Adventurous Sailing In The Tuamotus With Two Drifters



When it comes to exploring the South Pacific, the Tuamotus - located in the heart of French Polynesia - has reputation among sailors that has long since earned them the nickname of the “Dangerous Archipelago”.

Forming the largest group of coral atolls in the world, all but one of the 77 atolls are low-lying. Barely rising above sea level, they are made up of large fringing reefs that encircle tiny motus (islands) and a lagoon. They are so difficult to spot, it’s no wonder their reefs and currents caused many a shipwreck in bygone days.  

For a skipper, the lack of landmarks and need for eyeball navigation, especially in the narrower passes, can make entering an atoll tricky. Timing arrival to coincide with a slack tide is recommended as the difference in water height between the inside and the outside of the lagoon creates strong currents, which can result in dangerous overfalls (standing waves in the channel). 

Heeding their ‘dangerous’ reputation, some cruisers barely deviate from the well-marked passes of the two largest atolls of Rangiroa and Fakarava.  These popular atolls have passes big enough for cruise ships to enter, marked channels to the main village, good provisioning and access to a 4G network. 

We enjoyed our time exploring both atolls. Rangiroa is well-known for its friendly dolphins, abundant fish and beautiful Blue Lagoon; whereas at Fakarava, people congregate at the South Pass to dive or snorkel with a vast array of sharks. 

While extra care must be taken when passage planning in the Tuamotus, especially when sailing at night, a confident skipper is all it needs to venture further afield and away from the madding crowds. 

Armed with Google satellite images of the atolls, approximate tide and current times for the passes and up-to-date charts, we set off on Two Drifters to explore some of the lesser-visited atolls. 

Once safely in through the various atoll passes, it was like entering Narnia; with a completely different world emerging in the lagoons beyond. 

A good light and someone on the foredeck are essential when heading across the lagoons to the anchorages, as there are many unmarked coral heads (nicknamed ‘bommies’) submerged just below the surface.  

Our highlights of the Tuamotus include:

Aratika is an easy day sail northeast of Fakarava. Few venture through its narrow West Pass, but it’s a ‘must-visit’ atoll for anyone who loves the water. Drift snorkelling in the East Pass is magical as it’s rich with fish, rays, turtles and sharks and has a fascinating topography incorporating canyons, crannies and healthy coral. 

There are a dozen large yellow mooring buoys, located between the two passes and at the village. These were in good condition and free to use.  We visited Aratika twice; both times we were the only sailboat enjoying the beautiful atoll.

Another gem, within a day sail of Fakarava, is Kauehi.  What’s not to love with sandy anchorages, stunning water colour and an interesting underwater world to snorkel?

On land, there’s a track spanning 10 miles, which leads to village and is accessible from the anchorages on the main motu.  With palm trees offering shade and lagoon and ocean side views, it’s a great place to explore on foot.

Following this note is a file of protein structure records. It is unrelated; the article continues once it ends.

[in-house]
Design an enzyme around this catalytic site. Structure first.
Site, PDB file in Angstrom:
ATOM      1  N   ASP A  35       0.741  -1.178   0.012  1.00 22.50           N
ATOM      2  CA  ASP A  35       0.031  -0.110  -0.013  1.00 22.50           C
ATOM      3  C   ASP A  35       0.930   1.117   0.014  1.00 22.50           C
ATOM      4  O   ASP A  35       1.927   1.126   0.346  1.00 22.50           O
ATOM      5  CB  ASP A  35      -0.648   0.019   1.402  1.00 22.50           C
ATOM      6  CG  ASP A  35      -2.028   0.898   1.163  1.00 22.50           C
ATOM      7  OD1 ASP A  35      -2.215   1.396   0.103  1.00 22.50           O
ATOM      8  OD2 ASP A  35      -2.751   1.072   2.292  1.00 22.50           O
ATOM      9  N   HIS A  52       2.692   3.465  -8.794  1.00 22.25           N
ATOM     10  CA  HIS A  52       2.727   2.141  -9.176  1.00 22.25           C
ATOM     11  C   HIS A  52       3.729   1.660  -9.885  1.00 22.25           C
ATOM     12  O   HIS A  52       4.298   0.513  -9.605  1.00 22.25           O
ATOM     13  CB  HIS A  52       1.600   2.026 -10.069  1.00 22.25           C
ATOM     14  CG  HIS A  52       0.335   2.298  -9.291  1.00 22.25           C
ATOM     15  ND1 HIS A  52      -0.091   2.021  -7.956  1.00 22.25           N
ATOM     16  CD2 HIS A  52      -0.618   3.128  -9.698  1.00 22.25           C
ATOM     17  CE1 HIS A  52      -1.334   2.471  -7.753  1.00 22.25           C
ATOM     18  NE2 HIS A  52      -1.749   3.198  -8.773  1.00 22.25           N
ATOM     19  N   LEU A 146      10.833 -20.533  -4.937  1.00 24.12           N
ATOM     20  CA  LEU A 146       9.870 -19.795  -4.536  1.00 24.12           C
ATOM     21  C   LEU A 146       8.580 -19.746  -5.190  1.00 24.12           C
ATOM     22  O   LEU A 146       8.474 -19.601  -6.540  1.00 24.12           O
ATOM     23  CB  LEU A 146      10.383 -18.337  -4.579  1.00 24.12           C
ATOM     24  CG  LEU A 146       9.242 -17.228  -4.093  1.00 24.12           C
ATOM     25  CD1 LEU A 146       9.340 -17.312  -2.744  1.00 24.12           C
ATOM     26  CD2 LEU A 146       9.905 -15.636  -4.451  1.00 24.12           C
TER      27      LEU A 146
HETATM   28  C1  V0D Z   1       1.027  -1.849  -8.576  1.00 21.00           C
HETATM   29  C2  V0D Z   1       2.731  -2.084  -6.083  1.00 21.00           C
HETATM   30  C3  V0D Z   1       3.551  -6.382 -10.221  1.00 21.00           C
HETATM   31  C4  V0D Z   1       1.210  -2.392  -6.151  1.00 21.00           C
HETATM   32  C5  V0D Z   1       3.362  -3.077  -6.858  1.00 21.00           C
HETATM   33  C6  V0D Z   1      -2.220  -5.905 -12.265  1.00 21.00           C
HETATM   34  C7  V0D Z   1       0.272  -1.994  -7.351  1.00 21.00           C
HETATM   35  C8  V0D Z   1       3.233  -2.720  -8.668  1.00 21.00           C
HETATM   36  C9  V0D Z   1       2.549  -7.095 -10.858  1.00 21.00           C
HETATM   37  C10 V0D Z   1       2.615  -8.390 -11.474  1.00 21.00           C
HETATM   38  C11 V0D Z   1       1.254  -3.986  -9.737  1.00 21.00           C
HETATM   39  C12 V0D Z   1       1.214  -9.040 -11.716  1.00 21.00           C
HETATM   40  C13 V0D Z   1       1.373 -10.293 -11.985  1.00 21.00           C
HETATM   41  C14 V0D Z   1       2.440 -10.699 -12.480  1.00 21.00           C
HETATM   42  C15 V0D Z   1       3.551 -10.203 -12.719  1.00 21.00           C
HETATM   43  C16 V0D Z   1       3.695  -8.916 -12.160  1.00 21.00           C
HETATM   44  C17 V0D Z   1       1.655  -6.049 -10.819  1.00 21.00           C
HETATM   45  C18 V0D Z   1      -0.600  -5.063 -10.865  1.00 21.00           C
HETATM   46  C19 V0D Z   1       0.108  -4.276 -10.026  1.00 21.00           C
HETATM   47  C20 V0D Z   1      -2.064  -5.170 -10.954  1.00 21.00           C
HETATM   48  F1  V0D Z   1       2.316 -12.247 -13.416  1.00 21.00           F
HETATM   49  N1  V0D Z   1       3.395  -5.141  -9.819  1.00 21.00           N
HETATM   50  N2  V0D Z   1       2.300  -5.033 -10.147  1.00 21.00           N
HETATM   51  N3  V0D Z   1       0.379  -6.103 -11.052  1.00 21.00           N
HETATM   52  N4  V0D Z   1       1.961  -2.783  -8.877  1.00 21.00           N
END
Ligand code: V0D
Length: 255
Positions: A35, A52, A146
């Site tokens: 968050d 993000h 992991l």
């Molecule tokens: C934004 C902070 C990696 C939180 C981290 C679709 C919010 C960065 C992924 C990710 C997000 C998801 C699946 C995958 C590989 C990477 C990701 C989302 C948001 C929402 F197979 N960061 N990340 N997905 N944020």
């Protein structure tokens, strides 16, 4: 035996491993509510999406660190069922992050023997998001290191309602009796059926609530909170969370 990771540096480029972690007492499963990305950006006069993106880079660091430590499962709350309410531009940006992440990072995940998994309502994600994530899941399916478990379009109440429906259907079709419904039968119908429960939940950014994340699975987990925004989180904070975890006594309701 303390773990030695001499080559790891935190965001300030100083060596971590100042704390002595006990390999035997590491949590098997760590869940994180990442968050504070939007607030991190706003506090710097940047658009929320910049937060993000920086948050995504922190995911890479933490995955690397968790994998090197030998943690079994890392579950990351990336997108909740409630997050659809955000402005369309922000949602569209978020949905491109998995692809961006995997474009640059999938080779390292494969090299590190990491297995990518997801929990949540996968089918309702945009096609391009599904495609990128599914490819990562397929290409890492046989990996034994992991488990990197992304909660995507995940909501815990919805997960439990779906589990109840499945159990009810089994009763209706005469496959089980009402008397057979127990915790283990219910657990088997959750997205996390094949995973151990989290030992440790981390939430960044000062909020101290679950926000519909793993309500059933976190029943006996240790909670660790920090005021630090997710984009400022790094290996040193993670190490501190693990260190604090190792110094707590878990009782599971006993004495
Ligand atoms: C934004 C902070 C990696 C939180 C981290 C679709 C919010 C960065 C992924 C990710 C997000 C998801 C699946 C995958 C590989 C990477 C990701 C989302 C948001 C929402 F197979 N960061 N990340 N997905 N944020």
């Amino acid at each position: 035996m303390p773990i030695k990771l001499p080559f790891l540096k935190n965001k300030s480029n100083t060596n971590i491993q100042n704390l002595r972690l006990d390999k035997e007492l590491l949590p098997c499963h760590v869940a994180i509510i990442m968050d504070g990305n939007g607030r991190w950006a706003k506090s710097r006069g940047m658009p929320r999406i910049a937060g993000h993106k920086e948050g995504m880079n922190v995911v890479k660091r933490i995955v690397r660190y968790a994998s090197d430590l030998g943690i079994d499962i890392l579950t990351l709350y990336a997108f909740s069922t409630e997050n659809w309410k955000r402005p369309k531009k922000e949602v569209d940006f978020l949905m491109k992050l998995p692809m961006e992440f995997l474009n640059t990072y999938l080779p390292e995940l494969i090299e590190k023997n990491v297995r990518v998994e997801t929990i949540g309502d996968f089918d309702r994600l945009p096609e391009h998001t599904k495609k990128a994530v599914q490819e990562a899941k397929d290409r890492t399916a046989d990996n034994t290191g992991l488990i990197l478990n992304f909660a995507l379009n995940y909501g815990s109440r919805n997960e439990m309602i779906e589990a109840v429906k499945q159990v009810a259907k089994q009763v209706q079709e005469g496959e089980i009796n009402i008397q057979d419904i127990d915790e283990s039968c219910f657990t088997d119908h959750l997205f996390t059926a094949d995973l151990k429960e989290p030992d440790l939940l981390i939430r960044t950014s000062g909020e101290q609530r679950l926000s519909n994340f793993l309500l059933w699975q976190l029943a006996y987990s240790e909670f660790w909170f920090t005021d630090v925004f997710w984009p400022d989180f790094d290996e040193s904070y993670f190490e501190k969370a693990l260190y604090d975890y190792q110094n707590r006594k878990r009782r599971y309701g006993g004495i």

Located 49 miles south west of Rangiroa, Makatea is unique in the Tuamotus as it doesn’t take the form of a typical atoll. Instead, its spectacular cliffs soar 80 metres above sea level to reach a flat plateau, where the island's incredibly friendly inhabitants live. 

Anchoring is impossible due to the depths and lack of a lagoon, but there are three free mooring buoys.  Their proximity to land is quite close, so this is not a place to visit when the winds are in a strong westerly direction. 

The island spans just over nine square miles and offers great hikes and rock climbing.  In addition to fabulous views and miles of sandy tracks, we discovered a large underground cave with a freshwater pool, which made for a very refreshing pit stop on a hot day!

Makemo is a little further afield in the central Tuamotus and is an overnight sail from most islands, but well worth the effort. Its relaxed pace of life, deserted anchorages and excellent provisioning – including fuel – meant we stayed a lot longer here than anywhere else!

Heading to the eastern tip of the atoll, we discovered several anchorages with a jaw-dropping backdrop of deserted motus, swaying palm trees and incredible pink sandbanks that would appear at low tide.  

At the village, there’s limited anchoring but boats can med-moor to a long quay without charge.  The village is one of the most charming and pretty we’ve seen in the Tuamotus and the people so friendly and welcoming.  We also found a small pearl farm with a treasure trove of affordable black pearls. 

This breathtakingly-beautiful deserted atoll offers sandy beaches, pristine marine life and the best drift snorkelling in the Tuamotus. 

With no light pollution, at night we would lie outside on the trampolines, mesmerised by the planets and constellations, as we watched shooting stars dash across the skyline like turbo-charged angels. 

Jenevora Swann and her husband Fergus Dunipace have been liveaboards on their catamaran Two Drifters since 2014. They sailed around Europe before crossing the Atlantic to explore the Caribbean, USA, South and Central America. They are now sailing in the South Pacific. /  

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